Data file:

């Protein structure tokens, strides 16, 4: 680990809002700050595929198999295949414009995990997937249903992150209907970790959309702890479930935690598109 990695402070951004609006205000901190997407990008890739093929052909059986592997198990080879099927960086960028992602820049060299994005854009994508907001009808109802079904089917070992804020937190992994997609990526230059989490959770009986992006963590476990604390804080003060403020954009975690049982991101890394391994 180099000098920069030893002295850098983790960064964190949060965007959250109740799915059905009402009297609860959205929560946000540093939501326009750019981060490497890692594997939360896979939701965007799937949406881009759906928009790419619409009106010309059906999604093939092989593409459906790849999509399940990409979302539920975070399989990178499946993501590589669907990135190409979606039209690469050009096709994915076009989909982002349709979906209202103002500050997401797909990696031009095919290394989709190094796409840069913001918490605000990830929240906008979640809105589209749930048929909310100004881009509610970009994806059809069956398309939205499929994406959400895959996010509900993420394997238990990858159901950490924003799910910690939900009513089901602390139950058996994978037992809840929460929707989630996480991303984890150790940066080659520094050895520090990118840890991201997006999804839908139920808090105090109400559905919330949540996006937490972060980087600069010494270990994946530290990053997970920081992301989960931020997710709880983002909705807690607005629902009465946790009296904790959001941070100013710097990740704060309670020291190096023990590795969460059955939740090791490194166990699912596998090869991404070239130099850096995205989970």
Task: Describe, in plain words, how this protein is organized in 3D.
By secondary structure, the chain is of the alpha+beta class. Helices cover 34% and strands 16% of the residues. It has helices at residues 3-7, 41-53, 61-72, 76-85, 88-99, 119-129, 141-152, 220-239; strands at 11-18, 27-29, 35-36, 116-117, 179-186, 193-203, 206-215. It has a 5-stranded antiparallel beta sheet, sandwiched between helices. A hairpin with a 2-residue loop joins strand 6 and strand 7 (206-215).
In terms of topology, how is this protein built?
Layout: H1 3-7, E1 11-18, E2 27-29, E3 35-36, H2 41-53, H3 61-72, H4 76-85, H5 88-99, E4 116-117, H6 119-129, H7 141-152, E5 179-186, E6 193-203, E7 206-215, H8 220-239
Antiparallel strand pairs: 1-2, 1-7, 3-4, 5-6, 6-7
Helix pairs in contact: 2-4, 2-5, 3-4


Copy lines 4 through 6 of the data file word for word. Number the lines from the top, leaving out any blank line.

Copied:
In terms of topology, how is this protein built?
Layout: H1 3-7, E1 11-18, E2 27-29, E3 35-36, H2 41-53, H3 61-72, H4 76-85, H5 88-99, E4 116-117, H6 119-129, H7 141-152, E5 179-186, E6 193-203, E7 206-215, H8 220-239
Antiparallel strand pairs: 1-2, 1-7, 3-4, 5-6, 6-7